Outdoor cushions, pillows, canopies, and umbrellas make patios and poolsides beautiful and comfortable. Unfortunately, they take lots of abuse from dirty feet and outdoor weather, and they need to be cleaned often to remove dirt and stains.
While most outdoor fabrics are treated to prevent sun damage and to repel stains, the protective finish can deteriorate over the years. If you choose to boost the finish with a spray-on fabric protectant that acts as a water and stain repellent, you must be sure that the fabric is completely free of stains and dirt before treating or you will simply seal in the dirt.
When purchasing outdoor pillows and furniture, look for styles that have zippers or snaps that make the fabric removable for easier cleaning.
How Often to Clean
Don't allow stains to wait for summer to end before you treat them. The type of stain remover you need depends upon the specific stain. The key to success is giving the treatment time to work. No product is magic; allow it at least 30 minutes to penetrate to loosen the stains.
What You'll Need
- Oxygen-based bleach
- Chlorine bleach
- Heavy-duty detergent
- Enzyme-based stain remover
- Warm water
- Bucket or large bowl
- Soft-bristled brush
How to Remove the Most Common Outdoor Fabric Stains
Whether you are cleaning fixed fabric or tossing outdoor fabrics into the washer, prompt removal, and pretreating or spot cleaning stains is a must.
To remove grass stains, first pretreat the stain with a heavy-duty liquid detergent that contains stain-removing enzymes (Tide or Persil are leading brands). Work the detergent into the stained area with a soft brush. Rinse well and then soak the fabric in a solution of warm water and oxygen-based bleach (brand names include OxiClean, Nellie's All-Natural Oxygen Brightener or OXO Brite) for at least one hour before washing the entire piece if possible.
This is a combination stain that requires special treatment. Start by treating the oily/waxy component of the stain with an enzyme-based stain remover or heavy-duty detergent that will break apart the oil. After fifteen minutes, add a bit of heavy-duty liquid detergent or a paste made of powdered detergent and water. Scrub the stain lightly with a soft-bristled brush and rinse in hot water. Next, wash the entire piece in the hottest water suitable for the fabric using detergent and oxygen bleach to remove any discoloration.
Mildew is a living, growing organism that can attach to cellulosic (cotton or linen) fibers. Mildew eats the fibers, damaging and weakening the fabric and should be removed as soon as possible after it is discovered. It is even more active if there are food stains like watermelon or other fruit stains on the fabrics.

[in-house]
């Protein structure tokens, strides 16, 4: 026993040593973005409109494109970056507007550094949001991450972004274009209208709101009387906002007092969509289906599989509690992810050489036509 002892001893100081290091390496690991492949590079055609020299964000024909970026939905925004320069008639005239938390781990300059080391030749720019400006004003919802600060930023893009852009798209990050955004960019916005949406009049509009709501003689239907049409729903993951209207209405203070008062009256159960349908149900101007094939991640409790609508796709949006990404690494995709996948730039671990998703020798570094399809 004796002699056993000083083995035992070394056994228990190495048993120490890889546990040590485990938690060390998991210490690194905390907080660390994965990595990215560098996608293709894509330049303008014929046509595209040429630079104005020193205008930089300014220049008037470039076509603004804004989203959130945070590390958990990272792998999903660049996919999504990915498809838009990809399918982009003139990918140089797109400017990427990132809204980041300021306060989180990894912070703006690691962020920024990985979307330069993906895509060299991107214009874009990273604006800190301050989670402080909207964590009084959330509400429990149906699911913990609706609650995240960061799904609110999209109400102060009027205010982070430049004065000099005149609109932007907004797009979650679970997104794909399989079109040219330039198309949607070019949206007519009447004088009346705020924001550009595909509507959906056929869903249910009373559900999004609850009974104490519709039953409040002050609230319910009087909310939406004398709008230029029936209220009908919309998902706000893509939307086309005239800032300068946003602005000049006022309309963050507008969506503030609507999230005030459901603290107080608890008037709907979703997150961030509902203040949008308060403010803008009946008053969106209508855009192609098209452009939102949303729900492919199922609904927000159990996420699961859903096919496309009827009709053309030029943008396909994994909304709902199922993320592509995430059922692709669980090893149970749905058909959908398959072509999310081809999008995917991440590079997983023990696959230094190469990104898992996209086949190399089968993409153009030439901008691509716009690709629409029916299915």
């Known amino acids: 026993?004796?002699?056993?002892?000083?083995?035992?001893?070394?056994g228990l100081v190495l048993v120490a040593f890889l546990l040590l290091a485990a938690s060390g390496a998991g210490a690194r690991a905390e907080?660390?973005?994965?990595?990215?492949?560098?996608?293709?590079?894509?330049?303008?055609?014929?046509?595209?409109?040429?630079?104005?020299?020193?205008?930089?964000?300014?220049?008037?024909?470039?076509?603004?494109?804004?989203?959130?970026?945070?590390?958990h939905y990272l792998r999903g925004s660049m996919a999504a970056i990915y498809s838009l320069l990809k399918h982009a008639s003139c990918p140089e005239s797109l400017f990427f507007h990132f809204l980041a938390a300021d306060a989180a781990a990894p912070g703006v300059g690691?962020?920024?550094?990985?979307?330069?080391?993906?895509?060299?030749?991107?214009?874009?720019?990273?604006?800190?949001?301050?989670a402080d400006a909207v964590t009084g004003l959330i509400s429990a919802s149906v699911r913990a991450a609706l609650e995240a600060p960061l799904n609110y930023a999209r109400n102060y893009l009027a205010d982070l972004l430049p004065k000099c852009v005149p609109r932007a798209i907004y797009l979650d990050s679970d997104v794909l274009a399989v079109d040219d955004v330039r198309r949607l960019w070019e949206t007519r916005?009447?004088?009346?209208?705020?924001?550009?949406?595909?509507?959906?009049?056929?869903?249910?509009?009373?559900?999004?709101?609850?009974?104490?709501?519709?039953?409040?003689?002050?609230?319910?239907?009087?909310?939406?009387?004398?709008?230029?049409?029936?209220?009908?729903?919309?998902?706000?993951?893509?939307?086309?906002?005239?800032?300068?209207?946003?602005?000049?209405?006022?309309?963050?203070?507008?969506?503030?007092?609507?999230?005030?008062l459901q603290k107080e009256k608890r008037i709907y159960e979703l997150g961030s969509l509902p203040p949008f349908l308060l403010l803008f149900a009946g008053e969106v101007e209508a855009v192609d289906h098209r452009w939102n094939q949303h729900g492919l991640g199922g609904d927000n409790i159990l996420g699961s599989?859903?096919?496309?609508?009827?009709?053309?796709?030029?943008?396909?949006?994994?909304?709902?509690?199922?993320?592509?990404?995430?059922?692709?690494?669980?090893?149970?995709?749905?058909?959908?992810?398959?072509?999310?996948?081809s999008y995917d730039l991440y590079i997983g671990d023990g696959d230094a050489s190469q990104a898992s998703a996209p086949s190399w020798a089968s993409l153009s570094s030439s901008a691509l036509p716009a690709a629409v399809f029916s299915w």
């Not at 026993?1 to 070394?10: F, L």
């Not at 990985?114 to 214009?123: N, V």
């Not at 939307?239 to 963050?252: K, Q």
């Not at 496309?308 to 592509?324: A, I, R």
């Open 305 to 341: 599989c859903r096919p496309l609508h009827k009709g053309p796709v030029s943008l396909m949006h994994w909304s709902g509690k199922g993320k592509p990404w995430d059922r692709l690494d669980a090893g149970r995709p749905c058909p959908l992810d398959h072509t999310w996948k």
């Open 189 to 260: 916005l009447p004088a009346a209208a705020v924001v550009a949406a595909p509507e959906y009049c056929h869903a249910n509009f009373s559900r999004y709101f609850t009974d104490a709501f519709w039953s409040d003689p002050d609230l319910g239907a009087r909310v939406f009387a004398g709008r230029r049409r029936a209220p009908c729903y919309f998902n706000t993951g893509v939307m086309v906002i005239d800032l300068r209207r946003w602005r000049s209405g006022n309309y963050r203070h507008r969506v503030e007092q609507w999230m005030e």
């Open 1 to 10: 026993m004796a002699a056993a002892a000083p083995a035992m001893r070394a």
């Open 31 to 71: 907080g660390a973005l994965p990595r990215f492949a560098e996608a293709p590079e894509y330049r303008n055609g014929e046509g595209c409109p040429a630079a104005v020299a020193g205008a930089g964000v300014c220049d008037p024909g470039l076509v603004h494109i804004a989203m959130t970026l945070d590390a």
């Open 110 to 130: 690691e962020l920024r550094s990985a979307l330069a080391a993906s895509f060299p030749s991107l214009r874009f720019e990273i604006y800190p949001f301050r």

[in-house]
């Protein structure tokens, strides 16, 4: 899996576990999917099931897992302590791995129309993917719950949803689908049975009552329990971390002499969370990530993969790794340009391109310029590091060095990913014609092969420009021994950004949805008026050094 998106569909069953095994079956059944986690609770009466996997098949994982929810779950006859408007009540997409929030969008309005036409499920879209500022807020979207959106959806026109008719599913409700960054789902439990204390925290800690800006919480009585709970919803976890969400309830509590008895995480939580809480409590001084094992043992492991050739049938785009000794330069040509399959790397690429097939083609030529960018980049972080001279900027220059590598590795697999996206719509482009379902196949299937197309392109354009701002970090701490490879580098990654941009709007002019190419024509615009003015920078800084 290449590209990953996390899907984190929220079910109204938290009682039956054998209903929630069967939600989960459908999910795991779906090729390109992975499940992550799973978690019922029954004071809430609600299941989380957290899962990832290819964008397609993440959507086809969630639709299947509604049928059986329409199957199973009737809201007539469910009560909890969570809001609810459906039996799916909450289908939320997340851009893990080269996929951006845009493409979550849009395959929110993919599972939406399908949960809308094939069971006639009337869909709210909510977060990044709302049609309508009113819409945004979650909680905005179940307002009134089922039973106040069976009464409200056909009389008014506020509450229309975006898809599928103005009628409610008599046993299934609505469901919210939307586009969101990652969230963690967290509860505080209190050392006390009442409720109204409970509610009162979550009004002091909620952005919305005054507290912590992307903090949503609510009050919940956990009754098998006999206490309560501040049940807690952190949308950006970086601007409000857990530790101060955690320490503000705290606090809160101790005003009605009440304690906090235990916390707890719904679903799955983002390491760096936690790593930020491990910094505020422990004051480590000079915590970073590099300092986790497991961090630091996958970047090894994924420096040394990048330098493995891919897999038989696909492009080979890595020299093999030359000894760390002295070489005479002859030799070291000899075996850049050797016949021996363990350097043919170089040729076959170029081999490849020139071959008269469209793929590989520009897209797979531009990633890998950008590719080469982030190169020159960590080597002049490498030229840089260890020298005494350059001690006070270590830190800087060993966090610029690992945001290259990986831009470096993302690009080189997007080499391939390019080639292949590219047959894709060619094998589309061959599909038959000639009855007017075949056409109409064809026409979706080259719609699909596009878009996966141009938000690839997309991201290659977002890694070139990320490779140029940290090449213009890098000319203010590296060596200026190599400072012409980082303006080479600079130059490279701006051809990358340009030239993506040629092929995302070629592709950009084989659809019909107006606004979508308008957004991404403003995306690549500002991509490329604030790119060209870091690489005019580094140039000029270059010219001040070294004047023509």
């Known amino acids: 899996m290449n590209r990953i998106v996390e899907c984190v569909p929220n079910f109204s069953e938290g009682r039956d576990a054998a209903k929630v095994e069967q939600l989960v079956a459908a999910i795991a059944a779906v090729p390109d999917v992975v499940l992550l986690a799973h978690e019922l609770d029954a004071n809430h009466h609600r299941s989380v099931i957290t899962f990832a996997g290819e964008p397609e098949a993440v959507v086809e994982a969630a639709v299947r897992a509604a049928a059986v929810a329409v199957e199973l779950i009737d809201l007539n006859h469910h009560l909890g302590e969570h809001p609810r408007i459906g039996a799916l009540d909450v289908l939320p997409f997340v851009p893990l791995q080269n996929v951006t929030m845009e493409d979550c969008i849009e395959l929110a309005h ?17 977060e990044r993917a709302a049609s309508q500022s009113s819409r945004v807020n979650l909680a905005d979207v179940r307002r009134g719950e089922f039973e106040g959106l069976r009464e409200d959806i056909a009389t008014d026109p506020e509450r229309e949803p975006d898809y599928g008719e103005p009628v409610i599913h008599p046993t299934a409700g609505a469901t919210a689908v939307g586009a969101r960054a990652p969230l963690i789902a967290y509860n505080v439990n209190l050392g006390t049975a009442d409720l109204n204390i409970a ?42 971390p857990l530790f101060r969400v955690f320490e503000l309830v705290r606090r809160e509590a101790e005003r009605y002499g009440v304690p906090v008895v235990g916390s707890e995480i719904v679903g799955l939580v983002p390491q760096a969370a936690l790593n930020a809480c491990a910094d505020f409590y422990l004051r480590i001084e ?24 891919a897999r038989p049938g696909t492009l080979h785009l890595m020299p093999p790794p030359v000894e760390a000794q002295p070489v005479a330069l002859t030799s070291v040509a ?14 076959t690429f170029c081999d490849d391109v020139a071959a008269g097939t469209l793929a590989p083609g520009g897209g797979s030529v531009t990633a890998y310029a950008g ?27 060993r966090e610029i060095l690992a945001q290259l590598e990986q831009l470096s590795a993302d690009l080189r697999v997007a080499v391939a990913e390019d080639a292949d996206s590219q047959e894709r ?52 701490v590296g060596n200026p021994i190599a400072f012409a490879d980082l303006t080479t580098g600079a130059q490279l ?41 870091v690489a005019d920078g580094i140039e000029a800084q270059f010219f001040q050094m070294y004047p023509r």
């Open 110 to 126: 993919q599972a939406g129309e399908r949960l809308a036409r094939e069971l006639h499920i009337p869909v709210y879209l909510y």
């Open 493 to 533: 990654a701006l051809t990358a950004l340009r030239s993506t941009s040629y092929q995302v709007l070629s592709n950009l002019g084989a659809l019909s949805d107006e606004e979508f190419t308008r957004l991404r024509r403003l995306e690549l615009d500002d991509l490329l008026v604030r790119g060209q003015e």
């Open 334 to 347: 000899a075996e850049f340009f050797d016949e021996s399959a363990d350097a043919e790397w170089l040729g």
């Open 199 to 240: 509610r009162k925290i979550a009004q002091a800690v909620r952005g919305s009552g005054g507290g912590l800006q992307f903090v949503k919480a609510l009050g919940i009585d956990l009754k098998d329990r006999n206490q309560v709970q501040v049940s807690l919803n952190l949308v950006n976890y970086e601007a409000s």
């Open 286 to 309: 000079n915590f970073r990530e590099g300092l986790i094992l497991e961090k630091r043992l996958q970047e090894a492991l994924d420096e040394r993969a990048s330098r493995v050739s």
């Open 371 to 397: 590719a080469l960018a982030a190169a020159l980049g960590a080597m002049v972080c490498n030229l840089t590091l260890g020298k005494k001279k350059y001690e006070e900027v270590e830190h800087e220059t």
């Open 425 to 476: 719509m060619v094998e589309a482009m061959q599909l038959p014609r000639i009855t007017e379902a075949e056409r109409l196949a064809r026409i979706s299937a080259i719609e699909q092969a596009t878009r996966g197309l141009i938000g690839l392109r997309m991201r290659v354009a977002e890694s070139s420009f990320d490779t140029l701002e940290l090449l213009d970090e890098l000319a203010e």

First, shake or brush the item outdoors to prevent spreading the mildew inside your home. Pretreat the stains with a heavy-duty liquid detergent, working it in with a soft-bristled brush. Allow the detergent to work for at least 15 minutes. Then launder the fabric in the hottest water suitable for the material. Place the fabric in the sun to dry.
You can add chlorine bleach to the rinse water for white cotton fabrics to remove stains and to help restore whiteness. Oxygen bleach should be used on colored fabrics to remove the stains. Follow product directions for both types of bleaches,
Pretreat the stain with heavy-duty liquid detergent or make a paste with powder detergent/water and let this remain on fabric at least 30 minutes. Then launder as usual. Fabric stained with self-tanner will need additional treatment.
When a bird soils fabric, it will be easier to address the problem if you allow the droppings to dry. After the dropping is dry, use a stiff-bristled brush to remove the dried residue. If you must remove the wet droppings right away, use an old dull knife or the edge of a credit card to lift away the solids. Never rub a wet stain because that only drives the stain deeper into the fabric.
After removing the solids, treat the stain with a bit of heavy-duty detergent and warm water and then rinse well. If the droppings left a dye stain from dark berries, treat the area with oxygen-based bleach.
How to Wash Outdoor Cushions
For items that can go in the washer, once the pretreating is complete use a heavy-duty detergent and cold or warm water (unless mildew is present). Do not place the fabric in a hot dryer because that may cause shrinkage. Allow the pieces to air dry. Use a cool to medium iron to smooth wrinkles if needed.
For items like large pillows or umbrella covers that cannot be placed in a washer, choose a sunny, warm day to do the cleaning. Spread the piece out on a patio or plastic tarp and get ready to apply some elbow grease.
Mix a solution of heavy-duty detergent and warm water. Using a soft scrub brush, work from the top to the bottom of a piece scrubbing a small section at a time. Rinse away soil after each section is cleaned. Do not allow the detergent solution to dry on the fabric. When the entire piece is cleaned, rinse well.
Spread the fabric or pillows in the sun to dry. If possible, hang from a clothesline to allow the water to drip and drain away. It may take a couple of days for thick items to dry so plan for hot, sunny weather to avoid mildew problems.